Situational awareness: Fire survival guidance – trapped or involved in transport fire

Control Measure Knowledge

This control measure should be read in conjunction with:

There are several factors which may affect the advice given by fire control personnel to callers that are trapped or involved in transport fire. These include:

  • The type of transport involved in the fire, for example:
    • Road vehicle, for example car, bus, lorry, van
    • Aircraft, for example military, light, commercial, private
    • Rail system, for example passenger train, freight train, tram, underground
    • Vessel, for example private, commercial, fishing, entertainment
  • The location of the transport, for example:
    • In a tunnel
    • In a port
    • At a railway station
    • Underground
  • Cargo being carried by the transport for example hazardous materials
  • Age of the transport and what safety measures are installed
  • Size of the transport
  • The severity of the fire and the proportion of the mode of transport that is affected
  • Number of passengers on board
  • Whether the transport has trained crew on board
  • Whether there is any pre-determined safety and evacuation guidance
  • Any specific advice or instruction given by other operating companies control rooms

Some of the factors listed above may not be known if a call is received from a passenger and may only be identified by a control room of the transport company.

For incidents on a mode of transport that has its own control room, contact should be made at the earliest opportunity to obtain any specific instructions, advice and guidance that we should share with passengers that are trapped and operational personnel. This advice and guidance will be specific to the known variables of the incident, the type of transport involved and the tactical plan that has been determined by on board staff.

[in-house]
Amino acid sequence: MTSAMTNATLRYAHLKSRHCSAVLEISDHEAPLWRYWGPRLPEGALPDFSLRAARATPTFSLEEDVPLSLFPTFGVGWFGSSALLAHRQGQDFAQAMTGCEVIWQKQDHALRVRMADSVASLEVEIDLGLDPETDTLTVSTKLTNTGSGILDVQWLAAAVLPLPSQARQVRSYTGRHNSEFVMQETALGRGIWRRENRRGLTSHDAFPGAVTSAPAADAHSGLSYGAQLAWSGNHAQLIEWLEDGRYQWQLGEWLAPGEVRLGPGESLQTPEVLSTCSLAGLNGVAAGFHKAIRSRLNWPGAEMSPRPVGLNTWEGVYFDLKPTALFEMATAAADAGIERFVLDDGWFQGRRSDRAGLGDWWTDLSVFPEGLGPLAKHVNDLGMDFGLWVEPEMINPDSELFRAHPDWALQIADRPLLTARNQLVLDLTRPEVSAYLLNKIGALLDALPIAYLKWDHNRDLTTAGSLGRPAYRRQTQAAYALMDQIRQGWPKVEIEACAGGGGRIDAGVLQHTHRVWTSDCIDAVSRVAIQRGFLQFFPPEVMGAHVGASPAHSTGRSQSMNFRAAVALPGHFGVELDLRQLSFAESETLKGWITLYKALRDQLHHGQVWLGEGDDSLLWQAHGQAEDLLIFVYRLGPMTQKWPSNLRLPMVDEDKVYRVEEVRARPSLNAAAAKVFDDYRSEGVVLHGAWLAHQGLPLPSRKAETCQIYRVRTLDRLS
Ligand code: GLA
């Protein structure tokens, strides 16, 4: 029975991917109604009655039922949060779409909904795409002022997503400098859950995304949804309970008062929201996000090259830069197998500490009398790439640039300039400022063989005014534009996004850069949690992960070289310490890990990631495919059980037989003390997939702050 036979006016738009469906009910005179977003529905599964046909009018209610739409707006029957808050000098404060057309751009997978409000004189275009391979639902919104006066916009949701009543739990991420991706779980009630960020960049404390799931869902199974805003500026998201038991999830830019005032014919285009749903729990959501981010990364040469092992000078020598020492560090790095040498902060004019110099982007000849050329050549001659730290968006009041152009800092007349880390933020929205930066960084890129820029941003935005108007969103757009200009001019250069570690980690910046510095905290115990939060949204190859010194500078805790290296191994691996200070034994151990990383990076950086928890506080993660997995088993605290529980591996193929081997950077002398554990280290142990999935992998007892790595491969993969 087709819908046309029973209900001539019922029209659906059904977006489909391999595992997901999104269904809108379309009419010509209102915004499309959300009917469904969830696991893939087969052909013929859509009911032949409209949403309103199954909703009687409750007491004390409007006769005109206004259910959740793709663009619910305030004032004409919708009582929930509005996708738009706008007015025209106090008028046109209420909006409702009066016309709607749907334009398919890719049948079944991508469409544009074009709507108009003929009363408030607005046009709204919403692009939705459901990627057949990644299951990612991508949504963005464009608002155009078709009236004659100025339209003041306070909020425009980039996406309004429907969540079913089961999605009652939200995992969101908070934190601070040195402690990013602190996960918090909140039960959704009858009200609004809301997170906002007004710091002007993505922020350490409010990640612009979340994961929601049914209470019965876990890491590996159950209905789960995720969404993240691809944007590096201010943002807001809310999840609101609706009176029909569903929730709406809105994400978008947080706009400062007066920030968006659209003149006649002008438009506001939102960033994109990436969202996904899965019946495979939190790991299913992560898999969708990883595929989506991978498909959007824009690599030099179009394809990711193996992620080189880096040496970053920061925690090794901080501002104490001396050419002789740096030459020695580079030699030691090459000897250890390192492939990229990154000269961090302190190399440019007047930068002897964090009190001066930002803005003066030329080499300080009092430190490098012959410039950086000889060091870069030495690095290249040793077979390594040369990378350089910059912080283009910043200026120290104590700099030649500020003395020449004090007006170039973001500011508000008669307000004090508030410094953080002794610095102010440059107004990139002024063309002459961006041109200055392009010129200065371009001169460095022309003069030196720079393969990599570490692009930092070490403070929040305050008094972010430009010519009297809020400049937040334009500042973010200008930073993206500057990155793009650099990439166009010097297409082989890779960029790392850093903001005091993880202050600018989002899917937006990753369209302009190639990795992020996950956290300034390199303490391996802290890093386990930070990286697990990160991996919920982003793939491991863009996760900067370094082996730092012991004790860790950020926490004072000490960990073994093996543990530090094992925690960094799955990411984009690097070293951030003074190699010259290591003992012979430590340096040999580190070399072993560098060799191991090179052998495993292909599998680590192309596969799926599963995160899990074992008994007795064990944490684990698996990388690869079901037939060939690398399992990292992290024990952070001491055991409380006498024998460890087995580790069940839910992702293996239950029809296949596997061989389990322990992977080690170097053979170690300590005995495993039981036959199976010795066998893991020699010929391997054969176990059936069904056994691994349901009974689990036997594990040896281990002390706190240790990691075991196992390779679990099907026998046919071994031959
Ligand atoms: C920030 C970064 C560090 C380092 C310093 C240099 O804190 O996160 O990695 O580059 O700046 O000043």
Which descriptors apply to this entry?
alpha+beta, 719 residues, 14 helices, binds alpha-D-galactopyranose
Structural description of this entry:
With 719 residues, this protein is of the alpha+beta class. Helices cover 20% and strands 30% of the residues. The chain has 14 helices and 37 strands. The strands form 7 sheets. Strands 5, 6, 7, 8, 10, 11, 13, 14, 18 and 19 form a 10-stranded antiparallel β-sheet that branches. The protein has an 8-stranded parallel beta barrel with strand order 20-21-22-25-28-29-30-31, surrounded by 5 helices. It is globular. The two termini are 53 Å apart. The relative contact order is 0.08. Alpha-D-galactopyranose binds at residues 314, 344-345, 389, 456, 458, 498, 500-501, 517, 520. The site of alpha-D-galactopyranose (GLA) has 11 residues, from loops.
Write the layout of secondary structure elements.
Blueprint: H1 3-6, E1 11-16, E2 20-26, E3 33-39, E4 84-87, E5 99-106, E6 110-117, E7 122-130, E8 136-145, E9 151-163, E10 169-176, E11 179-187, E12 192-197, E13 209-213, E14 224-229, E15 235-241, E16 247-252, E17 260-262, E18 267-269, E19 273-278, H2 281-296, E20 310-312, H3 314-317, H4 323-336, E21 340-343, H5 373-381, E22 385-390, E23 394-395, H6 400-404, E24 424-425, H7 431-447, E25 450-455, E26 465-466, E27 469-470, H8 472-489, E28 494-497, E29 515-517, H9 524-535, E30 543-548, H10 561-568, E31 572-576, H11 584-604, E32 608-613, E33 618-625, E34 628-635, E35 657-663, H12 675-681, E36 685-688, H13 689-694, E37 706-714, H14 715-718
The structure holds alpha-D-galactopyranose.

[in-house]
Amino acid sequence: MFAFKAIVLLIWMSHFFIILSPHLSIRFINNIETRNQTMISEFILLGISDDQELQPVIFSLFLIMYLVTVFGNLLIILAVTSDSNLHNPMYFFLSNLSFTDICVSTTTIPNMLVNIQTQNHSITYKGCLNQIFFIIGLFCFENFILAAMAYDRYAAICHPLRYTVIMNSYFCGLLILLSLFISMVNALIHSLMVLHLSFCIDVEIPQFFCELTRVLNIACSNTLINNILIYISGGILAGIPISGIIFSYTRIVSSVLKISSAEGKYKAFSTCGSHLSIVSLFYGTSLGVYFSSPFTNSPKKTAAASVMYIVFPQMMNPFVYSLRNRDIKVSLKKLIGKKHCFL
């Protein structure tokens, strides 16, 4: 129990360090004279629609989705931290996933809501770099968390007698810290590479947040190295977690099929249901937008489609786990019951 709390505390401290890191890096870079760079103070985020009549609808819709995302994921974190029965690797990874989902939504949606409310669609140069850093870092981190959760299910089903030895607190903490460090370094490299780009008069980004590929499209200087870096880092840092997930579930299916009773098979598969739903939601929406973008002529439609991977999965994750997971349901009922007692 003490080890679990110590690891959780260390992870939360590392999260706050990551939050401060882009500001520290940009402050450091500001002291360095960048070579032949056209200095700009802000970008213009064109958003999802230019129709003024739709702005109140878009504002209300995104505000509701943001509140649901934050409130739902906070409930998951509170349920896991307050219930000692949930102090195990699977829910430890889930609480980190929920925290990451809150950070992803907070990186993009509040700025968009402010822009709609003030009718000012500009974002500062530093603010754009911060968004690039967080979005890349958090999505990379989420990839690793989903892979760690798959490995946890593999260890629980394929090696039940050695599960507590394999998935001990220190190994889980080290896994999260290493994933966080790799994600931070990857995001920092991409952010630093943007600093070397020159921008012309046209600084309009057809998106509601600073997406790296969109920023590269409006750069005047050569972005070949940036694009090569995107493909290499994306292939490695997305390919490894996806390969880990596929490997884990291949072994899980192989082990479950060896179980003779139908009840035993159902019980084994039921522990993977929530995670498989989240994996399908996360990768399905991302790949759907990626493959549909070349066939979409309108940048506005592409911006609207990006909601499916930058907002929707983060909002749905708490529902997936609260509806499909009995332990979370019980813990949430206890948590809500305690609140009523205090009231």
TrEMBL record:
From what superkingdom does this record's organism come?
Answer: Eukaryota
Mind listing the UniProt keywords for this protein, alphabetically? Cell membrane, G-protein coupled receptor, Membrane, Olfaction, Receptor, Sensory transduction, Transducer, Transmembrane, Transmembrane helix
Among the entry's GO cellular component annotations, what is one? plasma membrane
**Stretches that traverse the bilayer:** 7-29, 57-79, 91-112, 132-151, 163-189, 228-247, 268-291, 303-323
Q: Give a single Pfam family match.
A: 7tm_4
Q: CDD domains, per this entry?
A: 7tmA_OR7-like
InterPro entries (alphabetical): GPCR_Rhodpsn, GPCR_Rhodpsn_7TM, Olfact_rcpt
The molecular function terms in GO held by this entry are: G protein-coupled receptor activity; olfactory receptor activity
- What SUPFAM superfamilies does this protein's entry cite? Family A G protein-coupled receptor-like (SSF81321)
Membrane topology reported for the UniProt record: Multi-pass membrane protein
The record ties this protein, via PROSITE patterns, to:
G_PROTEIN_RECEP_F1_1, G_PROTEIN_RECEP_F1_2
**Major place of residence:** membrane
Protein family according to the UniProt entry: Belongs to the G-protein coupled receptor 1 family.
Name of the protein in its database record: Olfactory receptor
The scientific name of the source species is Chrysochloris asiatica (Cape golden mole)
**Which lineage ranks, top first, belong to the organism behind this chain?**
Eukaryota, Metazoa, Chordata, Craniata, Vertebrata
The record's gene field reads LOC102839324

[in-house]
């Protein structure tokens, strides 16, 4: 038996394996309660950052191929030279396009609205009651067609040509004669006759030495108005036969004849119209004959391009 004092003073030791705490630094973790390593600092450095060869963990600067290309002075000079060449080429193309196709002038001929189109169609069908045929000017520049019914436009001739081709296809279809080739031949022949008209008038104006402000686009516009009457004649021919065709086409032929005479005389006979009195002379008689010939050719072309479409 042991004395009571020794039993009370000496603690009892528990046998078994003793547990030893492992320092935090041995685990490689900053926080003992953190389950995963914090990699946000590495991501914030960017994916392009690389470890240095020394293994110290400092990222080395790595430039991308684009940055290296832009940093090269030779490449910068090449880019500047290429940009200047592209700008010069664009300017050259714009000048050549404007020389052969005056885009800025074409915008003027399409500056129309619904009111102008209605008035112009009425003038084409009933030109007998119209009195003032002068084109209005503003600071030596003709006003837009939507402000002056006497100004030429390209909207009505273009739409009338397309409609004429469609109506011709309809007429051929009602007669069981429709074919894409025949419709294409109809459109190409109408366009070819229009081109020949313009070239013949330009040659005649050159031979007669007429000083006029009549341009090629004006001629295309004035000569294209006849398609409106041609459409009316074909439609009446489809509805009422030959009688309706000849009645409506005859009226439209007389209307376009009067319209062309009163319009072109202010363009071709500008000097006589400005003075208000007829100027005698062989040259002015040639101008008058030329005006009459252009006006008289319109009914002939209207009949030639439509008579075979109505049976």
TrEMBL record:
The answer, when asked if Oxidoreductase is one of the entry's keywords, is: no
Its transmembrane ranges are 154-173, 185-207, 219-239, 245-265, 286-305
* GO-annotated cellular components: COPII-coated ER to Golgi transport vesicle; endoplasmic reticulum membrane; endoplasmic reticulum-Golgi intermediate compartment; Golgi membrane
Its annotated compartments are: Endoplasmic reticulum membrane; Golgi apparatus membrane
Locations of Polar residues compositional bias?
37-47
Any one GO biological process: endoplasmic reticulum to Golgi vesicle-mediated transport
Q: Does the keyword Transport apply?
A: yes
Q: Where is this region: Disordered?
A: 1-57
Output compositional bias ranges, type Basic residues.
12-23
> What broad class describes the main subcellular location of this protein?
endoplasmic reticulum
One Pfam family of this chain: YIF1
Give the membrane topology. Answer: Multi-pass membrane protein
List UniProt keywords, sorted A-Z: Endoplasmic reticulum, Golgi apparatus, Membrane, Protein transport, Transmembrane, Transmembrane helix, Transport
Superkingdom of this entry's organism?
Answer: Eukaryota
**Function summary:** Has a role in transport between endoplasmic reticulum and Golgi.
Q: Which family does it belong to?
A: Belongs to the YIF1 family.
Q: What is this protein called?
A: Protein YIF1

For incidents involving road vehicles, establishing the make and model of the vehicle will enable operational personnel to use available software to identify where safety systems such as airbags are located. This will enable operational personnel to isolate safety systems where required and reduce the risk of harm from an unexpected airbag actuation.

A change in situation may mean that people at risk are in imminent danger. In these circumstances people at risk may be required to evacuate from the mode of transport immediately if it is safer to do so than remaining on the mode of transport. This may lead people at risk into other hazards or risks, for example:

  • Traction current/live tracks
  • Other rail systems passing on the opposite track
  • Open water
  • Motorway or other road network

People at risk should be made aware of other potential hazards if they are required to immediately evacuate.

Any change in advice to the caller or fire situation should be communicated to operational personnel and operating companies control rooms immediately.

Strategic Actions

Tactical Actions